This tessellation lesson is easy and foolproof.

This particular tessellation tutorial is also a landmark: our first tessellation lesson sent to us by a guest artist, years ago. It came to us from 15-year-old Guest Artist Rachael G*. We salute Rachael's effort and desire to help others.

You can also see this tessellation lesson adapted for Microsoft Windows' "Paint" program and any digital painting program.

Art and Math teacher Jan Miller has this to add, based on using Rachael's tutorial in her classroom:

"The tessellation method from your site which I tried to use with my 3rd graders was Rachel's 'Papercut Method' but I had a lot of trouble getting it to work. I finally added some little refinements which make it work nearly every time. Step #1 and #3 are to get the tessera to tessellate. Step #2 is to help kids cut accurately. Here are those modifications:

  1. Before cutting out the drawn lines we write NW in the northwest corner, SW in the southwest corner, NE in the northeast corner and SE in the southeast corner.

    Note from the webmaster: It may make more sense to you if you label the outside corners PART. In step 3, rearrange the PARTs with the letters at the CENTER, so they spell TRAP.
    Here are some other word combinations that work: PETS/STEP, POTS/STOP, EVIL/LIVE or FLOG/GOLF, BRAG/GARB or TRAM/MART, TIME/EMIT, PANS/SNAP, or RATS/STAR.

    how to make a tessellation: label the quarters of paper

  2. Start cutting either line and cut to just past the point where it intersects the other line and stop. Then cut out the entire second line. Now when the kids go back to finish the first line (starting exactly where they left off) we know they will get an accurate cut.

  3. Lay the pieces out on the table just as they were before cutting, except leave a little gap in between. Now swap the NE with the SW corners and swap the NW and SE pair.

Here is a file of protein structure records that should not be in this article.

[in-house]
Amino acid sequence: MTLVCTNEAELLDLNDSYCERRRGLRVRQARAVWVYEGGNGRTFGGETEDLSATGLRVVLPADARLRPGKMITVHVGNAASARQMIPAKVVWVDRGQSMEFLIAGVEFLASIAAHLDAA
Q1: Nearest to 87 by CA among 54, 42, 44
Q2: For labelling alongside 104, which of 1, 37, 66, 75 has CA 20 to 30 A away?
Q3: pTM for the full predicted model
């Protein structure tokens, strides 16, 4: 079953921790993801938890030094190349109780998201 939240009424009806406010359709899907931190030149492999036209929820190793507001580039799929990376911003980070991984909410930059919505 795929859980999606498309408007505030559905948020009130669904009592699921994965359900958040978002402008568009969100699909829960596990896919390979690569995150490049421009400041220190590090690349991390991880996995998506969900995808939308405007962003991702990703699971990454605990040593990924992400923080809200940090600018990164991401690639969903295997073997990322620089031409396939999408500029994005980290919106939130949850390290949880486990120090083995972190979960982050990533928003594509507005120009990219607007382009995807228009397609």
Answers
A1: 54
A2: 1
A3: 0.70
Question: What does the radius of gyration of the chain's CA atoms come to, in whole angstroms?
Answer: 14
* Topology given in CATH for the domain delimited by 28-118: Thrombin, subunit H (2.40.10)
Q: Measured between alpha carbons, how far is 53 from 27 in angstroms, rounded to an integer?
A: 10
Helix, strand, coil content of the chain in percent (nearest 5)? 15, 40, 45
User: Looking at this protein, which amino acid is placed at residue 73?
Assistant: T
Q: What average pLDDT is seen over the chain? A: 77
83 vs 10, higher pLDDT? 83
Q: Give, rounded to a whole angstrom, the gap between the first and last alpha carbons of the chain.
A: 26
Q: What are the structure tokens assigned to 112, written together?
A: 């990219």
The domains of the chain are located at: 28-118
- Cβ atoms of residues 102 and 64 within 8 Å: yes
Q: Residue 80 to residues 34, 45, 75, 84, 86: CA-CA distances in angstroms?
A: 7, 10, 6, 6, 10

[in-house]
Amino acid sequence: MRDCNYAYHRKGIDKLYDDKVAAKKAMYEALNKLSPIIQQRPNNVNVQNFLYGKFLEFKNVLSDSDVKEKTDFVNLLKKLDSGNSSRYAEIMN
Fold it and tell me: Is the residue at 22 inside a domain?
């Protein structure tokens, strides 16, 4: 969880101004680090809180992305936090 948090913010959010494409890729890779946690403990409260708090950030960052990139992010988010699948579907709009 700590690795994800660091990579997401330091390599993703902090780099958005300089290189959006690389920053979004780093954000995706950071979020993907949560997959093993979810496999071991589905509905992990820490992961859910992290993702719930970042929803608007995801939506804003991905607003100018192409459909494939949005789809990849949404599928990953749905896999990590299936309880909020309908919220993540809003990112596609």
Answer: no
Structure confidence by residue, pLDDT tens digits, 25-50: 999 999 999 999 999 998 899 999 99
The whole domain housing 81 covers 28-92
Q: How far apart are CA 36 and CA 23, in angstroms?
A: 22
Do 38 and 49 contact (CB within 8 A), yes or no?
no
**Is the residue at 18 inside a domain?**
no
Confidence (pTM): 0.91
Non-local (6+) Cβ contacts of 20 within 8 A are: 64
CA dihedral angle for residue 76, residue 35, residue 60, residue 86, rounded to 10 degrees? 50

This seems to work nearly every time. The kids really enjoy knowing that someone closer to their own age invented this method."

See how 4th grade art teacher Karen Weber's class made their own tessellations with this lesson. Her class's do-it-yourself tessellation art gallery shows the final tessellation art AND the handmade patterns that the kids made while producing the art.

*UPDATE: July, 2011.
A professional tessellation artist, David Bailey, has pointed out that someone wrote about this method before Rachael was even born. Perhaps Rachael reinvented it, unaware that someone else had thought along the same lines earlier, or perhaps Rachael simply rewrote Bruce Robertson's technique using her own words and artwork. Either way, it's worth noting that in the years since we first posted Rachael's tessellation tutorial, "Papercut Method" has grown to be's most popular tutorial and one of our most visited pages.

For those of you interested in looking at that earlier make-it-yourself tessellation lesson, you can find it on page 179 in the book "Learn to Draw Step-By-Step" by Bruce Robertson. The book was published in 1986 by Macdonald publishing house. It's 192 pages, a little less than 30cm x 30cm, and weighs about 0.75 kilograms. Its ISBN-10 number is 0356107892, and its ISBN-13 listing is 978-0356107899. As of 2010, the book is out of print but many used copies are available on for about US$2 plus shipping. I'm buying a copy now; I'll see page 179 when it reaches me in a few months' time.

how to make a tessellation